Climate Action

Siberia’s weather is weird – and it’s causing problems

Women follow Mikhail Sashko (L), chairman and one of the founders of the Cryophile winter swimmers club, during a celebration of his 68th birthday in the Yenisei River in the Siberian city of Krasnoyarsk, Russia, November 21, 2015. "The moment of immersion is a sensation of delight. Afterwards there’s a rush of energy and my entire body feels relaxed," says Sashko, a director in the construction industry. The air temperature was about minus 27 degrees Celsius. REUTERS/Ilya Naymushin  PICTURE 11 OF 21 - SEARCH "CRYOPHILE" FOR ALL IMAGES  - GF10000283389

Summer in Siberia? Image: REUTERS/Ilya Naymushin

Charlotte Edmond
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  • Much of Siberia enjoyed an unseasonably warm winter, with heatwaves taking temperatures in some places 10 degrees above average.
  • In contrast, there have been snowstorms and tornadoes in June.
  • The weather is causing the permafrost layer to melt, leading to a massive oil spill and the spread of wildfires.

One minute it’s T-shirts, the next it’s snow boots. Siberia is experiencing some wild weather swings in 2020.

Russia’s coldest region has just experienced a winter heatwave, with an early start to summer seeing temperatures hit 35°C. Much of Siberia experienced temperatures well above average for the period from June 2019 to May 2020, with some parts 10°C above the average temperatures seen between 1981 and 2010.

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But June has brought snow, tornadoes and flooding to the region, with a state of emergency declared in some parts. Villages have been deluged, houses destroyed and bridges washed away.

siberia environment renewable solar energy change transition friendly environment carbon footprint carbon emissions reduction change natural climate change global warming air pollution clean energy power renewables plastic plastics Weather extreme storm hurricane typhoon flooding flood floods danger rain wind windy rainy flash floods Agriculture pollen insects bugs bees honeybees bumblebees farming farms crops crop stable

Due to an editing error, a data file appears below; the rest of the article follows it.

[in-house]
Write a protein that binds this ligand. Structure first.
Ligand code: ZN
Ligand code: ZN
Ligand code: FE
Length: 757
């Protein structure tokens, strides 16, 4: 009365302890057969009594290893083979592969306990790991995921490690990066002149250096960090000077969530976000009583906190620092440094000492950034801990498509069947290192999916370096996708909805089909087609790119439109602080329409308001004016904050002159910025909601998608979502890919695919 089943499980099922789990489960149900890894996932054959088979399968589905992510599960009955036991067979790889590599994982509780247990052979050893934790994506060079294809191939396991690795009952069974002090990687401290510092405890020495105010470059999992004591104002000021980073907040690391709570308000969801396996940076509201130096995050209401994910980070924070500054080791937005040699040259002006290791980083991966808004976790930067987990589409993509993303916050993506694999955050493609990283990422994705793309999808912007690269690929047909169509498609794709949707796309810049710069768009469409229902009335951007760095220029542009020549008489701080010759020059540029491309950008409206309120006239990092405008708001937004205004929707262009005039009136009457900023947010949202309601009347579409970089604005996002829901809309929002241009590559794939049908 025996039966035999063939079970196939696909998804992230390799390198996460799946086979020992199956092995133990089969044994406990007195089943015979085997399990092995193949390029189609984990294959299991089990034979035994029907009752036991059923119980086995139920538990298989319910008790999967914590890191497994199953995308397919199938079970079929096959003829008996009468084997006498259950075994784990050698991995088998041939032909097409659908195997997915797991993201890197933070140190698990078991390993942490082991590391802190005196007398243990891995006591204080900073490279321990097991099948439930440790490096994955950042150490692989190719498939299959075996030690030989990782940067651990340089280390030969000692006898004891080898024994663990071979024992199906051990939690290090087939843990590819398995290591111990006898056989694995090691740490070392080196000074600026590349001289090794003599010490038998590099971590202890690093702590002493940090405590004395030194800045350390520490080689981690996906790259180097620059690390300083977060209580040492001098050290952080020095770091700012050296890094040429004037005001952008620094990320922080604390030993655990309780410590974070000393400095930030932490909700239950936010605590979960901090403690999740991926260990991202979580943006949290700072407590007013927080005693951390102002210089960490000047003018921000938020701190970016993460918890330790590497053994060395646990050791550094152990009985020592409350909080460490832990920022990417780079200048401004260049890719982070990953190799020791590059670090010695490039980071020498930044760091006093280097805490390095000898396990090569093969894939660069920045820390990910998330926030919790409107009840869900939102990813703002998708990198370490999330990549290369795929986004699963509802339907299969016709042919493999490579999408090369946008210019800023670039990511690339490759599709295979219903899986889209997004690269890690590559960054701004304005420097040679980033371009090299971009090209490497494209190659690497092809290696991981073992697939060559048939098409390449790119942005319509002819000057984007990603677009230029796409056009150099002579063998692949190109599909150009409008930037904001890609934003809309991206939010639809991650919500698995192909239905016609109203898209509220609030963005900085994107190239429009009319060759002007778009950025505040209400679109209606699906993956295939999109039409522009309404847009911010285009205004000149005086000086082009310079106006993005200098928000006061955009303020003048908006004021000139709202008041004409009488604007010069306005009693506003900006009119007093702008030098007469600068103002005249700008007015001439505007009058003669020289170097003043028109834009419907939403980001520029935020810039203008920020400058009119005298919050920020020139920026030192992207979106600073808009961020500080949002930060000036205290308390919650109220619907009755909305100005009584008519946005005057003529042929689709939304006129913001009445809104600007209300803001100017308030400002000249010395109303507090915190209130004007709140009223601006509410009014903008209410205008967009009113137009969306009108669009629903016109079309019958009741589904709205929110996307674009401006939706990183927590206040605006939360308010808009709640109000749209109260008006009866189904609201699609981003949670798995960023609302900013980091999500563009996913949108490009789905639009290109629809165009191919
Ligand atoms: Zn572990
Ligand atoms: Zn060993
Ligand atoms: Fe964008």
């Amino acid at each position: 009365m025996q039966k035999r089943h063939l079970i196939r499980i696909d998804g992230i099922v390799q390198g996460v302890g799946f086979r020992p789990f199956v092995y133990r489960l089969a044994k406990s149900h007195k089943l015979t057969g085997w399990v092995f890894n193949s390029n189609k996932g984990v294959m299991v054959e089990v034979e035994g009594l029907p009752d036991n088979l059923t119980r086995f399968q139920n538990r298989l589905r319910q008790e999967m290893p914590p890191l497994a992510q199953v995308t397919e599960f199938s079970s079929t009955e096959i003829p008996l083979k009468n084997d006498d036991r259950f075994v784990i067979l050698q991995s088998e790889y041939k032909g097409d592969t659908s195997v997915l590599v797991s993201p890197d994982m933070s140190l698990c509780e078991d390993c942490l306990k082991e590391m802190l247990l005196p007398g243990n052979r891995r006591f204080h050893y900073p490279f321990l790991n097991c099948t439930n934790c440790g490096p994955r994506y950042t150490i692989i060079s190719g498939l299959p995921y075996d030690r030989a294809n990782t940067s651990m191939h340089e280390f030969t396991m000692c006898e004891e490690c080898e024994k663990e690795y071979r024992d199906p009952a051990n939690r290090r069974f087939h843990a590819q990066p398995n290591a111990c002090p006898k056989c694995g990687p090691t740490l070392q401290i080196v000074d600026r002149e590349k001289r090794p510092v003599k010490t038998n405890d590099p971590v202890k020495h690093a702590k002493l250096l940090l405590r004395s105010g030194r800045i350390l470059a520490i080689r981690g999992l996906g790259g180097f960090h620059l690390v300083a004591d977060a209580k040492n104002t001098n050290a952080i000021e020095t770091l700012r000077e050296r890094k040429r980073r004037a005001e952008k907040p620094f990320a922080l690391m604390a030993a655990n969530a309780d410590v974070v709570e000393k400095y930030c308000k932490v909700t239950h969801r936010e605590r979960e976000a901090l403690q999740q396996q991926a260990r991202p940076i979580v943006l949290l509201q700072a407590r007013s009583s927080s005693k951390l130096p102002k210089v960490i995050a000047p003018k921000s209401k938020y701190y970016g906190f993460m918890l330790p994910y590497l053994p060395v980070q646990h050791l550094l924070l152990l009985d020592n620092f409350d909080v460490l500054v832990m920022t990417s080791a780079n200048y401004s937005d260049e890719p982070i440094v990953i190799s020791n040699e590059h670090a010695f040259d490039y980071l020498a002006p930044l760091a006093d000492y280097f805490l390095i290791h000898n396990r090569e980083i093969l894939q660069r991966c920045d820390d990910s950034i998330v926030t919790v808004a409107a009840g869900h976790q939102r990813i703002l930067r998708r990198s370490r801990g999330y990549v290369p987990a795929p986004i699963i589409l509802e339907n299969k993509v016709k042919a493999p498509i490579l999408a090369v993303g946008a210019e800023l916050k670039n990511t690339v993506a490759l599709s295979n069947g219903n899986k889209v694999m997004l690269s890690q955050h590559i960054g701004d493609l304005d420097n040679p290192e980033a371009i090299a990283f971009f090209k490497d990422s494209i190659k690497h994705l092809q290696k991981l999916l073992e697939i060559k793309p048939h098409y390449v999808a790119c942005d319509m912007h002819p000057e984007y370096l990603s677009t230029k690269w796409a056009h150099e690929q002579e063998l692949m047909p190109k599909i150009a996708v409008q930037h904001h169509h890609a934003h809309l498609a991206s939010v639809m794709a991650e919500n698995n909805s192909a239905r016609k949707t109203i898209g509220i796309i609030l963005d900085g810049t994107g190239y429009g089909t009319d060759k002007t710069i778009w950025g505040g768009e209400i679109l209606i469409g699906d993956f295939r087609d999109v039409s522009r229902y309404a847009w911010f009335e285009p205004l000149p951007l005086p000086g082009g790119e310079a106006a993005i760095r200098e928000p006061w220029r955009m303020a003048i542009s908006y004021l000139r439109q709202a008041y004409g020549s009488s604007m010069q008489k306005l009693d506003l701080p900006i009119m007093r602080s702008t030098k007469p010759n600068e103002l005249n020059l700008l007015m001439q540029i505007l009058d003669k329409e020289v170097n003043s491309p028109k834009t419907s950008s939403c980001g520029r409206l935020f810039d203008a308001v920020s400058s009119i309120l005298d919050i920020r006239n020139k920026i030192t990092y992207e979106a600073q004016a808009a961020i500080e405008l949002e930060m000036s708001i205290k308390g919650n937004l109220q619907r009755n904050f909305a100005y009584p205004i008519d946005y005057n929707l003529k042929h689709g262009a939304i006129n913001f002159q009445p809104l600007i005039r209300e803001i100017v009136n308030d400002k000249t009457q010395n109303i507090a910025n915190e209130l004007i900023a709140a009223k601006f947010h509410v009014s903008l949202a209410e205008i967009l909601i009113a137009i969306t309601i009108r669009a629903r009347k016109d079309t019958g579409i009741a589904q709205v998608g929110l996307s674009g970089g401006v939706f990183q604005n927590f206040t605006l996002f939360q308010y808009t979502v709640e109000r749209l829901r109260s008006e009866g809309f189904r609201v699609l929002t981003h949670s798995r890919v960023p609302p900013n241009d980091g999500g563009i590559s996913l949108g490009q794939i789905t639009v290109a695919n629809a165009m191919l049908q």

Boreal Spring March 2020 to May 2020. Image: Copernicus

Oil leaks, wildfires and floods

While locals have been enjoying the sunbathing, early-blooming flowers and harvests, the effects of the temperature fluctuations have had more concerning consequences for the environment.

Back in December, Russian President Vladimir Putin acknowledged the potential severe impact the heatwave could have if it triggered thawing of the permafrost layer on which a number of cities are built.

The melting permafrost led to what environmentalists say is the worst oil spill of its kind in the Russian Arctic. In May, diesel oil started to leak from a storage tank near Norilsk because melting permafrost weakened its supports. Thousands of tonnes of oil have contaminated the nearby Ambarnaya river and surrounding subsoil, and have put other parts of the region at risk.

A satellite image shows Ambarnaya River after a diesel spill following an accident at a power plant outside Norilsk, in Krasnoyarsk region, Russia June 4, 2020. Picture taken June 4, 2020. Russian space agency Roscosmos/Handout via REUTERS ATTENTION EDITORS - THIS IMAGE HAS BEEN SUPPLIED BY A THIRD PARTY. MANDATORY CREDIT. PICTURE WATERMARKED AT SOURCE. - RC2Y2H9URY1W
A satellite image from 4 June 2020 shows the Ambarnaya River after the oil spill Image: via REUTERS

Meanwhile, ice on a number of rivers has been melting and breaking up earlier than usual, putting some towns on watch for flooding. And there have been extreme wildfires which have been exacerbated by drier conditions.

The global picture

The warmer temperatures in Siberia have contributed to May being the warmest on record globally, 0.63°C warmer than the average May from 1981-2010, according to the Copernicus Climate Change Service from the EU.

environment renewable solar energy change transition friendly environment carbon footprint carbon emissions reduction change natural climate change global warming air pollution clean energy power renewables plastic plastics Weather extreme storm hurricane typhoon flooding flood floods danger rain wind windy rainy flash floods Agriculture pollen insects bugs bees honeybees bumblebees farming farms crops crop stable
European surface air temperature anomaly for spring. Image: Copernicus

There are concerns that the coronavirus pandemic has pushed climate change further down the list of concerns for governments. And although globally greenhouse gas emissions plummeted during the early months of 2020, when many nations were on strict lockdown, they have started to climb again in some places. According to figures from the Centre for Research on Energy and Clean Air, air pollution in China rebounded in May – overshooting concentrations seen during the same period last year.

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